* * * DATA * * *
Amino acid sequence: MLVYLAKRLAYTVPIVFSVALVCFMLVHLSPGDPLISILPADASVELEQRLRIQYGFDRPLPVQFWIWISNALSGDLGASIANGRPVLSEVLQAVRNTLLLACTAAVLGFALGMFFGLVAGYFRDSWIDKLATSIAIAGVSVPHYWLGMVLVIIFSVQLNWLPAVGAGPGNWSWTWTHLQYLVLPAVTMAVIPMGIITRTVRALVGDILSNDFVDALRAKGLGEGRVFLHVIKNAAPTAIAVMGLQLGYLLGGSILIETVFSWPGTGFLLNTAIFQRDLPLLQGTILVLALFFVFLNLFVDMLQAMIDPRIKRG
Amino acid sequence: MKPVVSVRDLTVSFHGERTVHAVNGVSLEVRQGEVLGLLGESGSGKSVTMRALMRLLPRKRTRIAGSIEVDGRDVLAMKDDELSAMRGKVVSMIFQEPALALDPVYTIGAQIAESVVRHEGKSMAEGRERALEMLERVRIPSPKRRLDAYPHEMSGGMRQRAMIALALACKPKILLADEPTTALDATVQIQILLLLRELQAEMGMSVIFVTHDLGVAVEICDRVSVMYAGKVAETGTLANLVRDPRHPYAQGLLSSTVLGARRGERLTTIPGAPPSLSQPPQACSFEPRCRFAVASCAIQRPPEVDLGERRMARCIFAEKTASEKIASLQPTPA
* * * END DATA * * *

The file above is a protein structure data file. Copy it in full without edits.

Amino acid sequence: MLVYLAKRLAYTVPIVFSVALVCFMLVHLSPGDPLISILPADASVELEQRLRIQYGFDRPLPVQFWIWISNALSGDLGASIANGRPVLSEVLQAVRNTLLLACTAAVLGFALGMFFGLVAGYFRDSWIDKLATSIAIAGVSVPHYWLGMVLVIIFSVQLNWLPAVGAGPGNWSWTWTHLQYLVLPAVTMAVIPMGIITRTVRALVGDILSNDFVDALRAKGLGEGRVFLHVIKNAAPTAIAVMGLQLGYLLGGSILIETVFSWPGTGFLLNTAIFQRDLPLLQGTILVLALFFVFLNLFVDMLQAMIDPRIKRG
Amino acid sequence: MKPVVSVRDLTVSFHGERTVHAVNGVSLEVRQGEVLGLLGESGSGKSVTMRALMRLLPRKRTRIAGSIEVDGRDVLAMKDDELSAMRGKVVSMIFQEPALALDPVYTIGAQIAESVVRHEGKSMAEGRERALEMLERVRIPSPKRRLDAYPHEMSGGMRQRAMIALALACKPKILLADEPTTALDATVQIQILLLLRELQAEMGMSVIFVTHDLGVAVEICDRVSVMYAGKVAETGTLANLVRDPRHPYAQGLLSSTVLGARRGERLTTIPGAPPSLSQPPQACSFEPRCRFAVASCAIQRPPEVDLGERRMARCIFAEKTASEKIASLQPTPA